Recent reports state that Uttarakhand tops the Himalayan states in the number of rape cases.

Vulnerability certainly dictates choices and circumstances. For females from poorer households, even more so. Stamping futures forever.
Devki (name changed) was a beautiful girl in her late teens, when she came to the local village after marriage. The man she married was a known drunk. Her trauma went beyond that. A few days after her marriage, her husband’s elder brother tried to rape her. Tried being the operative word. She was saved from the ultimate humiliation just in time. Within days, she made sure her husband built a hutment away from the main house. How that would secure her in the darkness of night, only she could know.
For a few weeks, Devki was with me for domestic chores. Telling me other stories…about her sister-in-law, Kali (name changed). With her twinkling eyes, she once said, “Didi goes out all decked up every night. She returns in the morning, you know.” I said, “Well, where does she go?” “Oh, I don’t know…God knows…”, she replied. There was teenage-cum-smart nuance in that.
It turns out, Kali is a single mother with two kids. She has left her husband because of his drinking and daily physical abuse. Living in her “mother’s” home is not easy, with all the taunts that the family doles out. She needs to earn and has found a way. Soliciting sex work. It is common knowledge in the village, it seems.
Brijlal is a big-time local honcho, who commands respect and fear. Not just because of the priestly family he belongs to, but because of his known propensity to carry not one but two guns. He decided to make an unannounced, rushed visit to my house. He was accompanied by another male and a tall, beautiful woman. He introduced her as his wife. Brijlal does not belong to a world where he would take his wife around on social visits.
They barely sat for less than half an hour. All the time, the lady sat quiet, a film of tears in eyes full of fear and pleading. I kept wondering what she was trying to tell me. As they were leaving, I even mockingly told Brijlal, “She doesn’t look happy.” To which, he promptly commanded, “Hey, you. Come and tell her you are happy. She thinks you are not.” The lady looked at me and just kept quiet, trying hard to smile and failing completely
After they left, my sense of helplessness and discomfort lingered. I moved to the balcony. As I sat down, I saw Brijlal’s car on the opposite hill. It raced up and down twice, maybe thrice. I understood. The lady was here for a well-placed “client”. Wife or not, Brijlal was certainly soliciting her.
The stories of rape, individual prostitution, “illicit” living, are unspoken tales that remain wrapped in the village. Everybody knows and yet, everybody doesn’t really talk about it. The stories just take ugly turns down the line. Divorce, suicide, murder, you name it.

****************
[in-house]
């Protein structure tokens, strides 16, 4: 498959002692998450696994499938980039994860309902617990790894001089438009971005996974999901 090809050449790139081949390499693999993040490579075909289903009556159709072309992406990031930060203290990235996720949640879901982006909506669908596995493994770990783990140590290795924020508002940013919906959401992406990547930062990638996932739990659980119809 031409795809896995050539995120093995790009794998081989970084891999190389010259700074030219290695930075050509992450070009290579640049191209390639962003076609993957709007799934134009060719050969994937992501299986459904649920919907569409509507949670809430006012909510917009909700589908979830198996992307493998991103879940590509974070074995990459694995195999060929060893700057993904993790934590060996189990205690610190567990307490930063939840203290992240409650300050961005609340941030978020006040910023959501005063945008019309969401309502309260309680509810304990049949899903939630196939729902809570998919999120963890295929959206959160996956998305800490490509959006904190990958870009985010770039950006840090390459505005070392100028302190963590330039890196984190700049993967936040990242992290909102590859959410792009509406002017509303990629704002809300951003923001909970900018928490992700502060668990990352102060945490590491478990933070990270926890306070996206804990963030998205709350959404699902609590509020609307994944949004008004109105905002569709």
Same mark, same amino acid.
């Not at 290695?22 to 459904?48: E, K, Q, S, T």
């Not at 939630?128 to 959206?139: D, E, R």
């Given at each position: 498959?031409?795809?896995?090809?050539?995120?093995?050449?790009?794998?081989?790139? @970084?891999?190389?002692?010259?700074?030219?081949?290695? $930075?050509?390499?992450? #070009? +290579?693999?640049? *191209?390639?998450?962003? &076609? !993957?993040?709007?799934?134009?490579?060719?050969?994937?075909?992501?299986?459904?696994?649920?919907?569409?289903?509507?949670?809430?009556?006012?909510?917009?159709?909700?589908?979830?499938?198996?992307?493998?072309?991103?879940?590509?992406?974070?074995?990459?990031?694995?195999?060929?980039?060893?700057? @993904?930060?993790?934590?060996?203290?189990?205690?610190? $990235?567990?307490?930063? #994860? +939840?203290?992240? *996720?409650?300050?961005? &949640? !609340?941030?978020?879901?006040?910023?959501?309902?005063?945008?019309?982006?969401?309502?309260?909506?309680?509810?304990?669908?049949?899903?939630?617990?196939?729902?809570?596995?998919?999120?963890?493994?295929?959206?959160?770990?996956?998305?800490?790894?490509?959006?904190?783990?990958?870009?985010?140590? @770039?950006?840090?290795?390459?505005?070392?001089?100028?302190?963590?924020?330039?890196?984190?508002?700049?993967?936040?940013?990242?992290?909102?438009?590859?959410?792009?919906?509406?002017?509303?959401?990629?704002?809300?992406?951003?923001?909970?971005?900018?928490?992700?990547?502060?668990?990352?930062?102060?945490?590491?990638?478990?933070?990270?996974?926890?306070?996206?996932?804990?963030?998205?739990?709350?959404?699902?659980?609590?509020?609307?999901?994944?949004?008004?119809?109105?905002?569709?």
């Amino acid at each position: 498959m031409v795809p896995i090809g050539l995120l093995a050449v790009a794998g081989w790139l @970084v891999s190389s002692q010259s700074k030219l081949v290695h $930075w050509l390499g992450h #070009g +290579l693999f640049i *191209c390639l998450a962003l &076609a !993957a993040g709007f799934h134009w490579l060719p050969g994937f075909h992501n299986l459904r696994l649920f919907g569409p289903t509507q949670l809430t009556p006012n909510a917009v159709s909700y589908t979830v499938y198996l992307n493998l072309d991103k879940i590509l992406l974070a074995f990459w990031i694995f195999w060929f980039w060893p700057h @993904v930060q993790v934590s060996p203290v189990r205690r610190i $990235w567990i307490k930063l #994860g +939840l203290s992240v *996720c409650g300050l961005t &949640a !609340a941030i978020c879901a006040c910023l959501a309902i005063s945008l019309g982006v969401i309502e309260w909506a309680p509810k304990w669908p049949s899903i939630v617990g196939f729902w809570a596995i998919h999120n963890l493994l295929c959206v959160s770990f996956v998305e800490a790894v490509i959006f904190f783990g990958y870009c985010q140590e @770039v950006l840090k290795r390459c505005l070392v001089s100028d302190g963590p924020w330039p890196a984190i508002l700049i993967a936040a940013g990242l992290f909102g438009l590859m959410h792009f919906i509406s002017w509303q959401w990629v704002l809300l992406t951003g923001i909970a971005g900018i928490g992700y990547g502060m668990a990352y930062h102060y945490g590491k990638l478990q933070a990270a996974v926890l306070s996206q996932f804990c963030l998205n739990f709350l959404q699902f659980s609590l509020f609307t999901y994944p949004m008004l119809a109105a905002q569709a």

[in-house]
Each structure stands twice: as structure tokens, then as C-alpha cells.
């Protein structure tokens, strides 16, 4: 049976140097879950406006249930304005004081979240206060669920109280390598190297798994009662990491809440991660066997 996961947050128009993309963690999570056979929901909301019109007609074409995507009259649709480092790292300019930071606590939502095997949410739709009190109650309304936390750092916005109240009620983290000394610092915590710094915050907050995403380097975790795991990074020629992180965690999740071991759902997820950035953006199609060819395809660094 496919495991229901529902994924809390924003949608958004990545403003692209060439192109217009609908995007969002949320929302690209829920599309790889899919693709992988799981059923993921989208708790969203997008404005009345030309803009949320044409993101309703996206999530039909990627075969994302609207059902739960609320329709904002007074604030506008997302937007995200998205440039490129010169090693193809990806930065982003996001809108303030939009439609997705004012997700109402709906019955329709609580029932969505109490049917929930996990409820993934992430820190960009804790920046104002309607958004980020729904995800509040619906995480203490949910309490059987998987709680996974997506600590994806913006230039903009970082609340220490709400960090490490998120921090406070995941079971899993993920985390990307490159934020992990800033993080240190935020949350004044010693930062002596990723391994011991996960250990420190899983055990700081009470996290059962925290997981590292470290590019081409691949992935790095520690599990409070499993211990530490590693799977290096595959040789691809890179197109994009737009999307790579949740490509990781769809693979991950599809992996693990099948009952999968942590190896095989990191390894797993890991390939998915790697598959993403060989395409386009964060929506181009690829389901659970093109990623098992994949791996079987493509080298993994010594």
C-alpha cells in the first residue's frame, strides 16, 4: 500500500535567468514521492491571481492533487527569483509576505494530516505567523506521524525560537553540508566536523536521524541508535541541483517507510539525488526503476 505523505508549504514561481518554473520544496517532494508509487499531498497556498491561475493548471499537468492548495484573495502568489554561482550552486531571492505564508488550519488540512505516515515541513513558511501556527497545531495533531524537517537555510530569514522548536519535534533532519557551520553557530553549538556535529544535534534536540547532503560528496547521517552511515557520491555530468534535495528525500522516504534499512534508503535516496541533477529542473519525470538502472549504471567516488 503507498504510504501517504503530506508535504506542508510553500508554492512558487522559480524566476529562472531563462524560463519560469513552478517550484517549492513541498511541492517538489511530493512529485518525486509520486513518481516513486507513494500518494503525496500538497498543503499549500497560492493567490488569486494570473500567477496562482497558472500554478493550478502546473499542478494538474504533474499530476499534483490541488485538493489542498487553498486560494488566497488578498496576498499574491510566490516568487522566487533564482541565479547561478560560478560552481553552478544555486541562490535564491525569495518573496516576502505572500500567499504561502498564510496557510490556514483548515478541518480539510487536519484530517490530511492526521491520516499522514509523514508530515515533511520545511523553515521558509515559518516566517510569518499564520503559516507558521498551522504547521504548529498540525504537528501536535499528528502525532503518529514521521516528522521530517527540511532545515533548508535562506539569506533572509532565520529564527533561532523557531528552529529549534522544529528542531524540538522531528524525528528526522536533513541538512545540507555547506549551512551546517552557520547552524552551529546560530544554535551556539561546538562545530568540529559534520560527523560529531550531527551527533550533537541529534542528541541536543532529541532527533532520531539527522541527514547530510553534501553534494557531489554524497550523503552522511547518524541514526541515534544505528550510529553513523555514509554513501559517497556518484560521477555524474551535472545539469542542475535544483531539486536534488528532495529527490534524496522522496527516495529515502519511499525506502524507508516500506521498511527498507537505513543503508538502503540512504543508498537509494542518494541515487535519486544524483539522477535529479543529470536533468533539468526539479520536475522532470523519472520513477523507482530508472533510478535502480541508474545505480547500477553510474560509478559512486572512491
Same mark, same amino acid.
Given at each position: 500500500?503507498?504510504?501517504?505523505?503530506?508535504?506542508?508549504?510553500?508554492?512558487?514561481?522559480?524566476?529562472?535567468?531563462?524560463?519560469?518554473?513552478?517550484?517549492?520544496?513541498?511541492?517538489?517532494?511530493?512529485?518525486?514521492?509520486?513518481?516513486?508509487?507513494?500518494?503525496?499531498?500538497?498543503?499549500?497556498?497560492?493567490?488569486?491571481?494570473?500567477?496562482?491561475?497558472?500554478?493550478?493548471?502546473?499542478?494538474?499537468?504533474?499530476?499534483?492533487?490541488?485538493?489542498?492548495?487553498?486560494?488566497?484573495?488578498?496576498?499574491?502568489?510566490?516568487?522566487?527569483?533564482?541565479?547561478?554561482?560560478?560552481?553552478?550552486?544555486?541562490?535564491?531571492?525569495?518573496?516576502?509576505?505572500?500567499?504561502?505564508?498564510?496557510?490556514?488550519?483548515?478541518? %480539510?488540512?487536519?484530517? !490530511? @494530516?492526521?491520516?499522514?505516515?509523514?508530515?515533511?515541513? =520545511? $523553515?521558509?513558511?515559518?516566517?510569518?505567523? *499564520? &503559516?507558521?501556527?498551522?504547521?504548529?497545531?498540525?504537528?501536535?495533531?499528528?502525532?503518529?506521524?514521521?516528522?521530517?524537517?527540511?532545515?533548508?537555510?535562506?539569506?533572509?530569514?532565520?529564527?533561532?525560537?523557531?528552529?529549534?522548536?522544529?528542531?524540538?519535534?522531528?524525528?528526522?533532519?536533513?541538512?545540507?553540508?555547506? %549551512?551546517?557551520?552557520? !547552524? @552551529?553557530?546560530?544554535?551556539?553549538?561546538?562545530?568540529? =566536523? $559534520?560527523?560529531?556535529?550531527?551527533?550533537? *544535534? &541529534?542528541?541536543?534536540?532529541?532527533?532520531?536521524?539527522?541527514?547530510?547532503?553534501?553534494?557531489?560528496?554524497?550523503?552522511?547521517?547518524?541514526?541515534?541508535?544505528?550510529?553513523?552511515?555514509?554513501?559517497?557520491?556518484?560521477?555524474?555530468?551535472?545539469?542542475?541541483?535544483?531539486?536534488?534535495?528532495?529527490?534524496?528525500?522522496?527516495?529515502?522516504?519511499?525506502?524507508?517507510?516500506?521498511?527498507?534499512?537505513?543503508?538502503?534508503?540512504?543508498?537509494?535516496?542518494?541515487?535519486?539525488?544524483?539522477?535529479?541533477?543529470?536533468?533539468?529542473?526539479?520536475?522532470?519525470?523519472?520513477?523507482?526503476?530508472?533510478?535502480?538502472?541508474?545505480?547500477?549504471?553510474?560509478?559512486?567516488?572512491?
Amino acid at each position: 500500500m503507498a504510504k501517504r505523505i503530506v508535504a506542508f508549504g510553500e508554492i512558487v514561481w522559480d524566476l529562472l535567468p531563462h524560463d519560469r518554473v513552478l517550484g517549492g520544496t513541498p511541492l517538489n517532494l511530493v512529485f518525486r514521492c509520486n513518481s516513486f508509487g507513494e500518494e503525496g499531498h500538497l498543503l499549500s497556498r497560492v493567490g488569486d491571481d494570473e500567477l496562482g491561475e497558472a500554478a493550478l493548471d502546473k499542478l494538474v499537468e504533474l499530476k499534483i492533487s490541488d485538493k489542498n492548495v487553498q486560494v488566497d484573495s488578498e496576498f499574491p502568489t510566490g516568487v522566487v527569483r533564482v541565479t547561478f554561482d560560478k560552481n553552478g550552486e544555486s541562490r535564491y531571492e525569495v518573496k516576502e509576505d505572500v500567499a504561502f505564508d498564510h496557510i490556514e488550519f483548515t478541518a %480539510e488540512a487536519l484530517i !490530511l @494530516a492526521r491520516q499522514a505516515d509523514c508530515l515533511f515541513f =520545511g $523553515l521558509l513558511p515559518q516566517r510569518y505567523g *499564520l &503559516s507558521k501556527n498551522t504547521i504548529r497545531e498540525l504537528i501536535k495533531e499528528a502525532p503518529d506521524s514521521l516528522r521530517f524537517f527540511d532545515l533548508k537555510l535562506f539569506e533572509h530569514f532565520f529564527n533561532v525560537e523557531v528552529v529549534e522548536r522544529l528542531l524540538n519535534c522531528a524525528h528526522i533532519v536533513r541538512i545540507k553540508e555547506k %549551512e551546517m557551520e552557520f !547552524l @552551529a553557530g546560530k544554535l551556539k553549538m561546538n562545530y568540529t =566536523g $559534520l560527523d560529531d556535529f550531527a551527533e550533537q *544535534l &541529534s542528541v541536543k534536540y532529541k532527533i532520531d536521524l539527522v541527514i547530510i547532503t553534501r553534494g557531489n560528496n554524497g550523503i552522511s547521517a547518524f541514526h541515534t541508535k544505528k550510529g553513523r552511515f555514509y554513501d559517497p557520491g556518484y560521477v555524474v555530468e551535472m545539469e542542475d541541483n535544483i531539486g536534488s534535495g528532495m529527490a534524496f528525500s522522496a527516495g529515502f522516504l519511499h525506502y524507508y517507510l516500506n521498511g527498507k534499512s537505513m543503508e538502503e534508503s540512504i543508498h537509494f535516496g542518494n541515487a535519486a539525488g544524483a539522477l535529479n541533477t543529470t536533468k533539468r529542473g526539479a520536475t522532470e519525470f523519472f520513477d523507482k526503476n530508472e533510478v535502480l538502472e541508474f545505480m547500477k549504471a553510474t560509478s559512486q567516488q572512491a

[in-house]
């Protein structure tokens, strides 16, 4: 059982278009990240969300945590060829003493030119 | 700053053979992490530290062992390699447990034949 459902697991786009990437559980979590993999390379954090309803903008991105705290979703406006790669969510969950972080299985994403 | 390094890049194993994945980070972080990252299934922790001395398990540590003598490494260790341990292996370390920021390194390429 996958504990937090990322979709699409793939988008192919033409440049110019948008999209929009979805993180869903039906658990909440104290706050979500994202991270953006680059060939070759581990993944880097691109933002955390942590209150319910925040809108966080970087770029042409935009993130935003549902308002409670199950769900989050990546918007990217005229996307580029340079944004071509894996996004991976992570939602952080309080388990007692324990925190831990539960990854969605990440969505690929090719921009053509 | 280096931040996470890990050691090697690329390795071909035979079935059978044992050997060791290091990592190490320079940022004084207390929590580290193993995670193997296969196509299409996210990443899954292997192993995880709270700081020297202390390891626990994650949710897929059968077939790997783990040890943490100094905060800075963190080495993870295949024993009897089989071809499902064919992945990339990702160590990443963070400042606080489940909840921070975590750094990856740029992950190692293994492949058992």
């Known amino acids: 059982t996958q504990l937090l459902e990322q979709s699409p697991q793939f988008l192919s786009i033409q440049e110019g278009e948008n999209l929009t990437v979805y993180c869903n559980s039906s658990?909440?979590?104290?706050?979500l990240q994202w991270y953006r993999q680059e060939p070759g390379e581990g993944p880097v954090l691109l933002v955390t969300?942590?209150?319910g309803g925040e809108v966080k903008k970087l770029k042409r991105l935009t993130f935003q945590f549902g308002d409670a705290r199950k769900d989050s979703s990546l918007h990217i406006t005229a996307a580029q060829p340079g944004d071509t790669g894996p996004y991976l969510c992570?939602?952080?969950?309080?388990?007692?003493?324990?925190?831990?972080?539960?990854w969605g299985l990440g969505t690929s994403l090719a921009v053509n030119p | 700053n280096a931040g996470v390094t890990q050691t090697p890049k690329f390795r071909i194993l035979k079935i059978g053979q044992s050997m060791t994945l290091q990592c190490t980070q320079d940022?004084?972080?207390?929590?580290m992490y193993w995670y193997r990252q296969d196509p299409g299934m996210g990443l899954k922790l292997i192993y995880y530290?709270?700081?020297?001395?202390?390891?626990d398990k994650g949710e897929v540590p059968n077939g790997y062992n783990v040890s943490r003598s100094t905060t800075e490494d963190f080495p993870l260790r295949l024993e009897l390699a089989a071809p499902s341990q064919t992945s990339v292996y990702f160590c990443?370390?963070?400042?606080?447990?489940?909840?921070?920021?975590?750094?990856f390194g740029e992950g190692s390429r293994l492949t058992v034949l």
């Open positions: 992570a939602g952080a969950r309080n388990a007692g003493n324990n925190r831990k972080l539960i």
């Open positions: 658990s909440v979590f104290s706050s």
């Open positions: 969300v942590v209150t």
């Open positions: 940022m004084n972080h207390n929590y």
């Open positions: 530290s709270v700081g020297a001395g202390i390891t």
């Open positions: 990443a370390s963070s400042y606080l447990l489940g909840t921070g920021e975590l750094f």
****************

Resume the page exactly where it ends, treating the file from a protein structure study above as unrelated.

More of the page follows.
During Covid times, Nirmala (name changed), a domestic help, stayed back in the master’s house during the quarantine period. When she returned home, her husband turned ballistic. He got drunk, swallowed some poison (word is, it was pesticide) and died.
Nirmala is the female. She remains the butt of comment. Everyone holds her responsible for her husband’s death. Somehow complicit in the thought they share with her dead husband. That she had compromised herself by staying in the saab’s house at night for days on end.
Such and other incidents lead to an unbelievable number of single mothers, coping with growing children. Female, young, single mother—in a state not known for a flourishing economy and deeply rooted in caste-related traditions.
Alcohol and domestic violence are a recurrent factor. Parvati’s story (name changed) is not very different from scores of others. Her husband, Govind, was an alcoholic. As she says, “Without alcohol in his body, he was an angel. With alcohol, a demon.” He beat her for years and Parvati is no weakling—but could hardly withstand the demonic beating.
One day, Govind was happily celebrating the Holi festival of colours with his friend, Madan. The drinking didn’t stop. It was not long before, in desperation for a greater high, he frantically swallowed the toilet cleaner. Parvati was at work and had to rush home.
Govind was hospitalised in the nearby city, Haldwani, for two days before he died. Parvati had to “pull strings” so that a suicide case was not registered. That did not help her otherwise. Madan, the friend, was taking care of things and soon started living with her. It has been some years but the tongues still wag. That Parvati and Madan hatched a conspiracy to kill Govind, so that they could live together.
Parvati has a simple answer. “If I had to kill him, why would I have suffered at his hands and waited all those years? I should have killed him much before. Anyway, it is my life. I don’t care what people say. Did they come to help me when Govind died and my kids were so small? I am managing…and will continue to manage…Live my life my way…”
Her personal experience and what transpires around her keep Parvati in a charged defensive state to protect her vulnerability. The fear of rape made her over-protective of her daughter, Malti (name changed). Malti wanted to study in college but was married off soon after school. A weak, under-nourished, anaemic girl, who became a mother before she turned 20. One more future locked.
Recent reports state that Uttarakhand tops the Himalayan states in the number of rape cases. Alcoholism and drugs are the other “hallmarks”. How many associated murders, suicides, single mothers it leads to is anybody’s guess.

Neelima Mathur is an India-based Executive Producer, Researcher, Writer, Mentor and Trainer for documentary and NGO films. She is also Festival Director of the Lakeside Doc Festival.